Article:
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Pieris rises on $1.23B Seattle Genetics immuno-oncology pact; $30M up front


By Cormac Sheridan
Staff Writer

DUBLIN – Shares in Pieris Pharmaceuticals Inc. rose 20 percent Friday on news of an immuno-oncology deal with Seattle Genetics Inc., which brings in $30 million up front and potentially up to $1.2 billion more in milestones spread across three programs. Boston-based Pieris would also receive tiered royalties that could reach a low double-digit percentage of product sales. It is also retaining a co-commercialization option covering the U.S. for the alliance's second program.

The deal is the third sizeable transaction Pieris has entered of late, following pacts last year with Cambridge, U.K.-based Astrazeneca plc in respiratory disease and Suresnes, France-based Les Laboratoires Servier SAS in immuno-oncology. (See BioWorld Today, Jan. 6, 2017, and May 4, 2017.)

The present deal has more obvious parallels with the Servier agreement – each involves the development of bispecific anticalin-antibody fusion proteins, which will be designed for specific immuno-oncology settings.

Bothell, Wash.-based Seattle Genetics is an ideal partner, Pieris CEO Stephen Yoder told BioWorld, because of its long heritage in selecting tumor antigens to target with antibody-drug conjugates. This time round, however, the two companies do not aim to deliver a poisonous payload to the tumors. "We deliver education to the tumor microenvironment," he said.

Specifically, the companies plan to develop anticalin-antibody fusion proteins that combine an antibody-based tumor-targeting component with an agonistic anticalin that activates a co-stimulatory receptor to drive a T-cell response within the tumor microenvironment. Pieris is already in the clinic with that approach. Its lead immuno-oncology drug, PRS-343, to which it retains full rights, comprises a HER2-targeting antibody and an anticalin that activates CD137 (4-1BB), a T-cell co-stimulatory receptor.

The two companies are not divulging the targets they are pursuing, but the research agenda will be extensive. They are taking a matrix approach with three different anticalins and three different antibodies, which will generate nine fusions in total. Each will be extensively tested before the three best performers will be selected as development candidates.

The $30 million up-front payment from Seagen means that Pieris has banked about $130 million in cash since January last year. The total includes a $12.5 million Astrazeneca milestone during the fourth quarter, which was triggered by the entry into the clinic of PRS-060, an inhalable interleukin-4 receptor alpha (IL-4R alpha) inhibitor in development for asthma.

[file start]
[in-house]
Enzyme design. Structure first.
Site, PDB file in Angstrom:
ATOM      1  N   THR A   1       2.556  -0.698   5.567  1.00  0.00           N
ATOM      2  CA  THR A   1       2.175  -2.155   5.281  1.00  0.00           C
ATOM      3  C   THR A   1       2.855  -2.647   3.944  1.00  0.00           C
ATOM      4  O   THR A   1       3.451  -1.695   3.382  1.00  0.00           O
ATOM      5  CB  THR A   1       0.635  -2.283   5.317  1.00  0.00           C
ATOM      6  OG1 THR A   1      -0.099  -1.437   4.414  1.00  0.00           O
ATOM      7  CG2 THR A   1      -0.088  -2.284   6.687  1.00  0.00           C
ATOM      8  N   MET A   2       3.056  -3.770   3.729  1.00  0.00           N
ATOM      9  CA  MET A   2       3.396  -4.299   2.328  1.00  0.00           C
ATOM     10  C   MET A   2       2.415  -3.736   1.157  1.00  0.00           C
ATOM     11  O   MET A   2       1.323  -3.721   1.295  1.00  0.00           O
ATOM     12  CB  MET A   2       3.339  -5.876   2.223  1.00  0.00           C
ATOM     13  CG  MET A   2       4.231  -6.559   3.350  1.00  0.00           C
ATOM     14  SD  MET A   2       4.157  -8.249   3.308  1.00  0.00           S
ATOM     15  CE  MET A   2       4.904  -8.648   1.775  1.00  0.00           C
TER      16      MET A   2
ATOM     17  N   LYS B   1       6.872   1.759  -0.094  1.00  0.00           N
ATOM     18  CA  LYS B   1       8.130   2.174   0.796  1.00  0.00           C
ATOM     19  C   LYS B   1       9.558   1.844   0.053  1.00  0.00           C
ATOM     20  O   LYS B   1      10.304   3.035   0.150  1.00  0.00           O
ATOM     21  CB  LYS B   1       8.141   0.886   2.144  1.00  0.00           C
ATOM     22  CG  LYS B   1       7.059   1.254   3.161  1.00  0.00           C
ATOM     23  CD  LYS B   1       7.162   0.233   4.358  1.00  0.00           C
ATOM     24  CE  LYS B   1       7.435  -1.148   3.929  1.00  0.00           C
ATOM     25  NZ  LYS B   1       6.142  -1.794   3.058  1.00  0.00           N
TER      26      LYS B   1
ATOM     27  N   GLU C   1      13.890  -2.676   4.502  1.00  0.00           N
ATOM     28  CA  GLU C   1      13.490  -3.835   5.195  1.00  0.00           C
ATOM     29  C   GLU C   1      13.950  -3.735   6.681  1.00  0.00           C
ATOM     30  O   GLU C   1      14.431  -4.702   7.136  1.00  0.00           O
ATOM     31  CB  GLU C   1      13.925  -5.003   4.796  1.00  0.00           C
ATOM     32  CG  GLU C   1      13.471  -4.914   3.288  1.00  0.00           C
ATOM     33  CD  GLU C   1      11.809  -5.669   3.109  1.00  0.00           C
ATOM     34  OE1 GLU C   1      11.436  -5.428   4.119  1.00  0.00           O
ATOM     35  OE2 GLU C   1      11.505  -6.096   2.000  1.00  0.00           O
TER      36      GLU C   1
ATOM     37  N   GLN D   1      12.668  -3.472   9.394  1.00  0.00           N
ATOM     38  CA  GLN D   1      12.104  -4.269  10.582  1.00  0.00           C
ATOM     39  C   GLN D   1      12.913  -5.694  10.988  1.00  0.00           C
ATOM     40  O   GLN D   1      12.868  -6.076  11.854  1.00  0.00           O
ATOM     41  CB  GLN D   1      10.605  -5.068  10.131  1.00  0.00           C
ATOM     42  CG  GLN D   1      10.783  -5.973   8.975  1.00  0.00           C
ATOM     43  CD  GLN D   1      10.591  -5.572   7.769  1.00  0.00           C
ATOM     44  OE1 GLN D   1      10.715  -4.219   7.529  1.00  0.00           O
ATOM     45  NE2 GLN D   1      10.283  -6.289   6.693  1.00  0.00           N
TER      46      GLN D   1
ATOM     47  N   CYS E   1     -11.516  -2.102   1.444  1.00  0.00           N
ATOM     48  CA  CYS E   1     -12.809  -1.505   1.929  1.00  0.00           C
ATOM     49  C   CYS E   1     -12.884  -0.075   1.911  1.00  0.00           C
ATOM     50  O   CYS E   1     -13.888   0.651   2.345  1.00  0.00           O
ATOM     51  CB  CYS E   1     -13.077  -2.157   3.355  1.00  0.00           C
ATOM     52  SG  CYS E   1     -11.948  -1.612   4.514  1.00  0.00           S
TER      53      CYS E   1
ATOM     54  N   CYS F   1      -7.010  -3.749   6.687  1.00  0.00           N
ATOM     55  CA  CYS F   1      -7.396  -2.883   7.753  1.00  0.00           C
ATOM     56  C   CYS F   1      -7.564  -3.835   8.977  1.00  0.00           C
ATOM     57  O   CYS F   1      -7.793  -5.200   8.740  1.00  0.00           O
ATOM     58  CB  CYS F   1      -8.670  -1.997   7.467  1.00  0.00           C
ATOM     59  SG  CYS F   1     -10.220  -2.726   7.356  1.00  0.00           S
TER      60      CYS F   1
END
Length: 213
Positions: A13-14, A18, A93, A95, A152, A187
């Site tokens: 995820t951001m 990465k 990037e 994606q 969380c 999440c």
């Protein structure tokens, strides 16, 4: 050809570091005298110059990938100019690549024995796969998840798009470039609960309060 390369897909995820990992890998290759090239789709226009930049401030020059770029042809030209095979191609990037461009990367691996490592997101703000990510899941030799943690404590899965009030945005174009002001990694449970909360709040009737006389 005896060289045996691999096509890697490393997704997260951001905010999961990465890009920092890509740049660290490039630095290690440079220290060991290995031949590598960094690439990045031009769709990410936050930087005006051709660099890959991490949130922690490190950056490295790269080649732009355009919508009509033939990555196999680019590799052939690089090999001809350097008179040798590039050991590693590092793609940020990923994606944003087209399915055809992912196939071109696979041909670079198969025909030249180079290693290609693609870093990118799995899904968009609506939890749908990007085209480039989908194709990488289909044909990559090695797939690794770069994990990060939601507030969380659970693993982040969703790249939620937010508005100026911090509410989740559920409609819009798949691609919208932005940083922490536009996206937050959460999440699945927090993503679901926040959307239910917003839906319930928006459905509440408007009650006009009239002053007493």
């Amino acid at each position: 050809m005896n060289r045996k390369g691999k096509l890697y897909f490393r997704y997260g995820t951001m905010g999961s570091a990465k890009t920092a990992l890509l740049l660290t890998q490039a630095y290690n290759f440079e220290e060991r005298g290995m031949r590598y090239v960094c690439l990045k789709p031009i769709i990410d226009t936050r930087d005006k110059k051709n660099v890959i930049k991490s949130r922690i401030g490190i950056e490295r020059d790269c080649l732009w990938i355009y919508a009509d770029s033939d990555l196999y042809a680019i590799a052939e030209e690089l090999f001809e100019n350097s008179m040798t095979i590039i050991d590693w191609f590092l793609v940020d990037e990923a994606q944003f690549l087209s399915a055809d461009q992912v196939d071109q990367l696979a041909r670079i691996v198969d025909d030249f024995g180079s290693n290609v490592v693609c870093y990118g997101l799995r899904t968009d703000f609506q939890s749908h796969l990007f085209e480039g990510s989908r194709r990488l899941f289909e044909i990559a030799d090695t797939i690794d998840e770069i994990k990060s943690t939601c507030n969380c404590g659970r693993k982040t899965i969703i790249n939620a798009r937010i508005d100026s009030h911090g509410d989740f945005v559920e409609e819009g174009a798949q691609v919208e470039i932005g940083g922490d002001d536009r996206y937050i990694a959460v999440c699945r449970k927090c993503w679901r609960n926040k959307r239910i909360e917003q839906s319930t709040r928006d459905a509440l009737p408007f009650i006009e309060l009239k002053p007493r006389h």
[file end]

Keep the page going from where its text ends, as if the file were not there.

The company has about $120 million on its balance sheet at present. In share-price terms, it has enjoyed a solid run over the past year, during which the value of its stock has increased more than fourfold, albeit from a low level. Pieris is currently valued at almost $360 million.

"The deals represent a lot of validation of the platform," Yoder said. "It's not a substitute for clinical data, clearly."

That, too, is about to come. By the end of the year, the company expects to obtain read-outs from trials of three molecules, PRS-343, PRS-060 and PRS-080. The latter anticalin, which targets hepcidin, a peptide hormone that plays a key role in regulating levels of iron in the blood, is undergoing a phase IIa trial in anemic patients on dialysis for chronic kidney disease.

Tokyo-based Aska Pharmaceutical Co. Ltd. holds an option on rights in Japan. If the trial is successful, Pieris will look for partners to take it forward in other territories, as the indication is outside its two core areas of interest, immuno-oncology and respiratory disease. Retaining some product commercialization rights in the U.S. has been a common feature of its last three deals. When the time is ripe, the company aims to build out a commercialization arm in the U.S. and to participate in product marketing.

Pieris is still an early stage player, so a multibillion-dollar trade sale, such as Sanofi SA's recent acquisition of nanobody developer Ablynx NV is not on the cards at this point. But the company's anticalin technology, which is based on engineering lipocalins, a family of proteins that transport hydrophobic molecules such as vitamins, steroid hormones and secondary metabolites, is getting increasing levels of visibility in the biopharma industry.

"We view this collaboration and agreement as further validation of the anticalin platform and importantly, it expands the shots on goal and the opportunity to bring an anticalin-based therapeutic to market," HC Wainwright & Co. analysts Joseph Pantginis and Pete Stavropoulos wrote in a research note. They have a price target of $12 on the stock. Shares in Pieris (Nasdaq:PIRS) closed Friday at $8.59, a gain of $1.44 on the previous close.